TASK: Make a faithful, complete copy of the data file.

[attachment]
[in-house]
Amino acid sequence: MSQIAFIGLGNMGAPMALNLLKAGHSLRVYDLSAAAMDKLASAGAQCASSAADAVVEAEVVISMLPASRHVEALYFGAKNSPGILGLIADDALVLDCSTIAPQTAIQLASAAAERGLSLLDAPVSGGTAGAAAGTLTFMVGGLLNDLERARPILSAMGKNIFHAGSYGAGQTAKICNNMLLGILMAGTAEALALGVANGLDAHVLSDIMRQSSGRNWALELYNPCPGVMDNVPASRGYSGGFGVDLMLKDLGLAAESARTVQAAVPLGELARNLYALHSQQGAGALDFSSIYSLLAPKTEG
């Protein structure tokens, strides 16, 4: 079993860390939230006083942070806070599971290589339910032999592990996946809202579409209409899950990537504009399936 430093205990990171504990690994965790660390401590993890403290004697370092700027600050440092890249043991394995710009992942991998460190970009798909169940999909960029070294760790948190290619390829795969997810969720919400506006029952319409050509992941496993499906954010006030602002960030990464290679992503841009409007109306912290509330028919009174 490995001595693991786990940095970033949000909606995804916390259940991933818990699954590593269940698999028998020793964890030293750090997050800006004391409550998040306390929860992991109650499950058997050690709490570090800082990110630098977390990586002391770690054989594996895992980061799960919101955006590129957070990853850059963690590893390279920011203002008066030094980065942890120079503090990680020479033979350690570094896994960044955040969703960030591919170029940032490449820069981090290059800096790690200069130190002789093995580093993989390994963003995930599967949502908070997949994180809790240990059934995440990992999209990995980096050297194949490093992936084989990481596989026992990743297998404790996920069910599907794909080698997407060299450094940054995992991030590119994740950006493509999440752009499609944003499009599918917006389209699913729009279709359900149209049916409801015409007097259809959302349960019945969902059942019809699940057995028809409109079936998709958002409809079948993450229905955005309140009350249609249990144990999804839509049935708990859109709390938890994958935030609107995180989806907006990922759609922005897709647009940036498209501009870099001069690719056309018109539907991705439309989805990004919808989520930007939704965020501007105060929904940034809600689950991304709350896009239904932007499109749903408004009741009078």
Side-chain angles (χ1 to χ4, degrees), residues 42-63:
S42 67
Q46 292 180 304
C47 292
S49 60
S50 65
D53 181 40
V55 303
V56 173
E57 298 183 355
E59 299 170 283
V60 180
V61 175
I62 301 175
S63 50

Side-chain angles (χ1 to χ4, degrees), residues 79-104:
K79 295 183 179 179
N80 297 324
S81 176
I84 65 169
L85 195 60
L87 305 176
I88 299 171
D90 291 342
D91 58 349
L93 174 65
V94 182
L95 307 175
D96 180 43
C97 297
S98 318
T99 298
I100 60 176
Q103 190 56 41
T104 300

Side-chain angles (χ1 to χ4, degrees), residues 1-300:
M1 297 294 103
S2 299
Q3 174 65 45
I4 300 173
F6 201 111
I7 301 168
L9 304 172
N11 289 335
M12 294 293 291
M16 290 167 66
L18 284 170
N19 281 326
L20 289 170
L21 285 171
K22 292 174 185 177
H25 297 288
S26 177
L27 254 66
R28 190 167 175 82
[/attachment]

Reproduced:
[in-house]
Amino acid sequence: MSQIAFIGLGNMGAPMALNLLKAGHSLRVYDLSAAAMDKLASAGAQCASSAADAVVEAEVVISMLPASRHVEALYFGAKNSPGILGLIADDALVLDCSTIAPQTAIQLASAAAERGLSLLDAPVSGGTAGAAAGTLTFMVGGLLNDLERARPILSAMGKNIFHAGSYGAGQTAKICNNMLLGILMAGTAEALALGVANGLDAHVLSDIMRQSSGRNWALELYNPCPGVMDNVPASRGYSGGFGVDLMLKDLGLAAESARTVQAAVPLGELARNLYALHSQQGAGALDFSSIYSLLAPKTEG
């Protein structure tokens, strides 16, 4: 079993860390939230006083942070806070599971290589339910032999592990996946809202579409209409899950990537504009399936 430093205990990171504990690994965790660390401590993890403290004697370092700027600050440092890249043991394995710009992942991998460190970009798909169940999909960029070294760790948190290619390829795969997810969720919400506006029952319409050509992941496993499906954010006030602002960030990464290679992503841009409007109306912290509330028919009174 490995001595693991786990940095970033949000909606995804916390259940991933818990699954590593269940698999028998020793964890030293750090997050800006004391409550998040306390929860992991109650499950058997050690709490570090800082990110630098977390990586002391770690054989594996895992980061799960919101955006590129957070990853850059963690590893390279920011203002008066030094980065942890120079503090990680020479033979350690570094896994960044955040969703960030591919170029940032490449820069981090290059800096790690200069130190002789093995580093993989390994963003995930599967949502908070997949994180809790240990059934995440990992999209990995980096050297194949490093992936084989990481596989026992990743297998404790996920069910599907794909080698997407060299450094940054995992991030590119994740950006493509999440752009499609944003499009599918917006389209699913729009279709359900149209049916409801015409007097259809959302349960019945969902059942019809699940057995028809409109079936998709958002409809079948993450229905955005309140009350249609249990144990999804839509049935708990859109709390938890994958935030609107995180989806907006990922759609922005897709647009940036498209501009870099001069690719056309018109539907991705439309989805990004919808989520930007939704965020501007105060929904940034809600689950991304709350896009239904932007499109749903408004009741009078």
Side-chain angles (χ1 to χ4, degrees), residues 42-63:
S42 67
Q46 292 180 304
C47 292
S49 60
S50 65
D53 181 40
V55 303
V56 173
E57 298 183 355
E59 299 170 283
V60 180
V61 175
I62 301 175
S63 50

Side-chain angles (χ1 to χ4, degrees), residues 79-104:
K79 295 183 179 179
N80 297 324
S81 176
I84 65 169
L85 195 60
L87 305 176
I88 299 171
D90 291 342
D91 58 349
L93 174 65
V94 182
L95 307 175
D96 180 43
C97 297
S98 318
T99 298
I100 60 176
Q103 190 56 41
T104 300

Side-chain angles (χ1 to χ4, degrees), residues 1-300:
M1 297 294 103
S2 299
Q3 174 65 45
I4 300 173
F6 201 111
I7 301 168
L9 304 172
N11 289 335
M12 294 293 291
M16 290 167 66
L18 284 170
N19 281 326
L20 289 170
L21 285 171
K22 292 174 185 177
H25 297 288
S26 177
L27 254 66
R28 190 167 175 82